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Ann Epidemiol. 2008 Jun;18(6):458-66. doi: 10.1016/j.annepidem.2007.12.009. Epub 2008 Mar 10.

Gender differences in associations between body mass index and DSM-IV mood and anxiety disorders: results from the National Epidemiologic Survey on Alcohol and Related Conditions.

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1
Department of Psychiatry, University of Connecticut Health Center, Farmington, CT 06030-3944, USA. barry@psychiatry.uchc.edu

Abstract

PURPOSE:

The purpose of this study is to examine gender differences in associations between body mass index (BMI) and affective disorders.

METHODS:

We used logistic regression to examine the effects of BMI and gender on Diagnostic and Statistical Manual of Mental Disorders, Fourth Edition (DSM-IV) mood and anxiety disorders in a sample of 40,790 adults.

RESULTS:

Obesity (BMI >30.0) was associated with increased risk for any mood disorder, major depressive disorder, and dysthymic disorder, in both men and women (odds ratios [ORs], 1.35-1.88). Risk of bipolar I and II disorders was elevated in obese women (ORs, 1.70-2.41) but not men. Overweight (BMI = 25.0-29.9) predicted increased risk for any mood disorder and bipolar I disorder in women but not in men (ORs, 1.16-1.44). Obesity was associated with increased odds of any anxiety disorder and specific phobia in men and women (ORs, 1.35-1.79). Obese women were additionally at increased risk for social phobia. Overweight predicted increased risk of social phobia and specific phobia for women but not for men (ORs, 1.27-1.37).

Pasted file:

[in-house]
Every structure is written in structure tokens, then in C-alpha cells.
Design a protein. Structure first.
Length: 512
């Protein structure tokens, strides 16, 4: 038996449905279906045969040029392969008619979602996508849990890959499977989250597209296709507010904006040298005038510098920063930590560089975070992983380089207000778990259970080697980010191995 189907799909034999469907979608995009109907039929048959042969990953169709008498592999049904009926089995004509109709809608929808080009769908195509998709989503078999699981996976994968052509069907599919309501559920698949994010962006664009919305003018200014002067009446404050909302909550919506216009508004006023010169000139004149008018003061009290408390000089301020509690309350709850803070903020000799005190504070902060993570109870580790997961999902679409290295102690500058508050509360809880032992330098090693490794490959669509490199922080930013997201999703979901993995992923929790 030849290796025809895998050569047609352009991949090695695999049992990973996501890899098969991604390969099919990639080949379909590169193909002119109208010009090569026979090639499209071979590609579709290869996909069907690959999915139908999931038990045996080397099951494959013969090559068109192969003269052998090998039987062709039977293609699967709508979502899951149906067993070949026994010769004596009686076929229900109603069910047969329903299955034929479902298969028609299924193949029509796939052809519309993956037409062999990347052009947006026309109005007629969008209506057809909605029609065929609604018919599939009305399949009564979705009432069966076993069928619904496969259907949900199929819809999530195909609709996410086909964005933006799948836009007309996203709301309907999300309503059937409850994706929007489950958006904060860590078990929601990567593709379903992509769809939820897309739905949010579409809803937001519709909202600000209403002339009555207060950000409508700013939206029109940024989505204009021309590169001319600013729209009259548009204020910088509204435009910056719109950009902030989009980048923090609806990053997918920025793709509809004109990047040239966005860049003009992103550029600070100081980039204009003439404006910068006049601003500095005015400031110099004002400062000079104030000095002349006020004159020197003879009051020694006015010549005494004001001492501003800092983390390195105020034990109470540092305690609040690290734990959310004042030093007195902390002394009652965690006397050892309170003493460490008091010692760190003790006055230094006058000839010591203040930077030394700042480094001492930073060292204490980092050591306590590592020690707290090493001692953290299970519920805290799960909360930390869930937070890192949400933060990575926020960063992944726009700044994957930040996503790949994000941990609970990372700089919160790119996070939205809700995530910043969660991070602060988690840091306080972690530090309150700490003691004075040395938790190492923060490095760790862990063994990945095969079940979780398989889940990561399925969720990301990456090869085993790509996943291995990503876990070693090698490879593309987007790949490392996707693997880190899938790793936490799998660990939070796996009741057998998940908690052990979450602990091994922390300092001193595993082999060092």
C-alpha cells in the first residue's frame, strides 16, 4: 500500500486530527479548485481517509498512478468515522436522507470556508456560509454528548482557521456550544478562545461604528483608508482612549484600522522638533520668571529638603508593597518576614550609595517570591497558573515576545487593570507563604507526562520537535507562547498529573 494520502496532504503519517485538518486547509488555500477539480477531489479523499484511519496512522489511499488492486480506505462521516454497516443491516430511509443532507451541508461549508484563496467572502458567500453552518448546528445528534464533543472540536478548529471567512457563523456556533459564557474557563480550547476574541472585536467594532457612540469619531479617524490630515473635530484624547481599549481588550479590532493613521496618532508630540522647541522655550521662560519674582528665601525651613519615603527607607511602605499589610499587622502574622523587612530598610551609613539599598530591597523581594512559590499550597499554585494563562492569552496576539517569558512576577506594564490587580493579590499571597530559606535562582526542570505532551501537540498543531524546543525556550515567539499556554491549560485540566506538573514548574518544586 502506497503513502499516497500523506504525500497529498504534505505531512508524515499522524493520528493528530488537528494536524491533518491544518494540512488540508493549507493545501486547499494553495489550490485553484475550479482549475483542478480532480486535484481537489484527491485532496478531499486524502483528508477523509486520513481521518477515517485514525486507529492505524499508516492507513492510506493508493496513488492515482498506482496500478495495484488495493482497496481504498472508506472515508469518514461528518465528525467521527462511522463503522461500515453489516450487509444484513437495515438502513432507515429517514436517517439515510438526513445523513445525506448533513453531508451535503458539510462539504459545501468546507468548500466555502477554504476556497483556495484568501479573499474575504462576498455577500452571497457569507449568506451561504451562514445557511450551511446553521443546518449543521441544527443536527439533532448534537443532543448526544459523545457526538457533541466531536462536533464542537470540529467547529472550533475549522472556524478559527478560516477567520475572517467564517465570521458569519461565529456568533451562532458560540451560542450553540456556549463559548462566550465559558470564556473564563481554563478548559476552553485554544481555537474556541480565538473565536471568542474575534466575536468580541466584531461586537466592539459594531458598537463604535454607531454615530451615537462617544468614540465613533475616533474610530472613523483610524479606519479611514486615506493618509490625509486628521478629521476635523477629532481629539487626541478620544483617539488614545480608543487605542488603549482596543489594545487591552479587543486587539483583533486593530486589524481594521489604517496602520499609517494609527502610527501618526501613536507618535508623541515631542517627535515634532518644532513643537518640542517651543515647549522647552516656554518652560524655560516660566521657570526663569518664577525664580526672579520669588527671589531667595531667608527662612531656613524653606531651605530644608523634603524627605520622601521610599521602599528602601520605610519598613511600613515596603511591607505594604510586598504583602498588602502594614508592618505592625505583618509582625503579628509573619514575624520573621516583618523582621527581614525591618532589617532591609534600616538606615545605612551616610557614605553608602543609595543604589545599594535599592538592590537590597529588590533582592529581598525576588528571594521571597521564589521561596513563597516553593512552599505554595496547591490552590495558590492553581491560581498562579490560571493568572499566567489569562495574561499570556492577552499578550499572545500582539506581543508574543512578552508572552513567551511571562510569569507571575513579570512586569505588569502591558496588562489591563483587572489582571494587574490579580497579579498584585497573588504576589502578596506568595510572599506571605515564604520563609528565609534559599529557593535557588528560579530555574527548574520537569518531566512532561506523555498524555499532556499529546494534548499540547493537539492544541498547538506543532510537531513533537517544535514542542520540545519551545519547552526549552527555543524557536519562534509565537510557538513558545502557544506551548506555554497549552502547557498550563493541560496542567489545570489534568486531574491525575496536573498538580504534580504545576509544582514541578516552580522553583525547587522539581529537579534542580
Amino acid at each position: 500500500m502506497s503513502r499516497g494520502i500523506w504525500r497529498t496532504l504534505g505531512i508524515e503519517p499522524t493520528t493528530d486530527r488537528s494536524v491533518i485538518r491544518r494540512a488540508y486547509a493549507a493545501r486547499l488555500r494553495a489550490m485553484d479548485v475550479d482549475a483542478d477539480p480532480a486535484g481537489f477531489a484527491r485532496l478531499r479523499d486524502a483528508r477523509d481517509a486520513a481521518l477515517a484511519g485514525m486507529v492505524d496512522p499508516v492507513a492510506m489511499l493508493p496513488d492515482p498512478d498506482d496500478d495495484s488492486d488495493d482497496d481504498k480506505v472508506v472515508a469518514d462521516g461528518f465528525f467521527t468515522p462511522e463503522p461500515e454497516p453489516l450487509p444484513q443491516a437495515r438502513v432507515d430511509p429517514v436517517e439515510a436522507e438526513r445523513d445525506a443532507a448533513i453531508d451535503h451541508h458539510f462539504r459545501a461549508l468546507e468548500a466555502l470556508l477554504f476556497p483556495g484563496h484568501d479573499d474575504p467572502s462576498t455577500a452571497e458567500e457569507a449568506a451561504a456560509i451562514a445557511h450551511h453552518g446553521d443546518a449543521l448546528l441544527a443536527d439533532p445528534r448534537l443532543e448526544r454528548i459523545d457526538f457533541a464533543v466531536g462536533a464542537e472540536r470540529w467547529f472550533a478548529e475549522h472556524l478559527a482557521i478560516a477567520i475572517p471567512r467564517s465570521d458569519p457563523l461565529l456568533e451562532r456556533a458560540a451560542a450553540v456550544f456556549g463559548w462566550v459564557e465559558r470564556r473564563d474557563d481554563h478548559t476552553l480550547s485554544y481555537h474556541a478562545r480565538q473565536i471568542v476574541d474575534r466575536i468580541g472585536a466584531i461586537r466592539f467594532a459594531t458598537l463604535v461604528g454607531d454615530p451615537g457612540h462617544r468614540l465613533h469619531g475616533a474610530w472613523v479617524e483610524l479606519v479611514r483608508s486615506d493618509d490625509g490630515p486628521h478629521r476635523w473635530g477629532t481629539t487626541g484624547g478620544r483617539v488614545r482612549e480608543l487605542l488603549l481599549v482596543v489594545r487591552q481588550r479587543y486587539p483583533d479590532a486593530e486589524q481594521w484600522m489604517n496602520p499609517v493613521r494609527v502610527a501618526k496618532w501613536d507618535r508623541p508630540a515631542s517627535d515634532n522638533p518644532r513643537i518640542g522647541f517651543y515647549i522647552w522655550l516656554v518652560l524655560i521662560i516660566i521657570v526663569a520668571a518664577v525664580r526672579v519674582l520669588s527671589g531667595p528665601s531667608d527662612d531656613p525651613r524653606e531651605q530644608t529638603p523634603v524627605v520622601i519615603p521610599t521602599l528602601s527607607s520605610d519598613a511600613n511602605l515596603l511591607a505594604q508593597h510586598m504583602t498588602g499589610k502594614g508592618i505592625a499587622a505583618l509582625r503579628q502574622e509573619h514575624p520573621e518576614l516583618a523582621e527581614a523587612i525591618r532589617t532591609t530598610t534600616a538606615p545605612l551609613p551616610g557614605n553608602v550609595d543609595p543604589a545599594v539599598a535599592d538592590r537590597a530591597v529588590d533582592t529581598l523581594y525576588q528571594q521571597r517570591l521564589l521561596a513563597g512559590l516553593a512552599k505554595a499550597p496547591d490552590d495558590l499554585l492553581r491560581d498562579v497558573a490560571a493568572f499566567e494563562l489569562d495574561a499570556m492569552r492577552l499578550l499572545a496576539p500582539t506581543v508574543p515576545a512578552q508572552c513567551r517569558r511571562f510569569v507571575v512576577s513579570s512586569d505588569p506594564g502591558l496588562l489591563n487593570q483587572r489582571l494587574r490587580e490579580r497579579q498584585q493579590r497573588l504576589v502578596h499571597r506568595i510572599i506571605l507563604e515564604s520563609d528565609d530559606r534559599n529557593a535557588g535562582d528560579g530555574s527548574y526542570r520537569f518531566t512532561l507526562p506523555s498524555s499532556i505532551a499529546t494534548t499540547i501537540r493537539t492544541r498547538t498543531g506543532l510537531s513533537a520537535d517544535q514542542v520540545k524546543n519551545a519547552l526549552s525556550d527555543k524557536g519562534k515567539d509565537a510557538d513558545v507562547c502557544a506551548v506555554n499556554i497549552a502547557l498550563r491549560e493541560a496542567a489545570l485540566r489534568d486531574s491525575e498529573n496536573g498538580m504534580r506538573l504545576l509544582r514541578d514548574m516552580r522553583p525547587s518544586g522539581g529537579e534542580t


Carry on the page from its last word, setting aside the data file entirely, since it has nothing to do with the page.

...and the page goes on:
CONCLUSIONS:

Obese individuals of both genders are at increased risk for a range of mood and anxiety disorders, but women who are even moderately overweight experience increased risks for some disorders as well.

PMID:
18329894
PMCID:
PMC2504706
DOI:
10.1016/j.annepidem.2007.12.009
[Indexed for MEDLINE]
Free PMC Article

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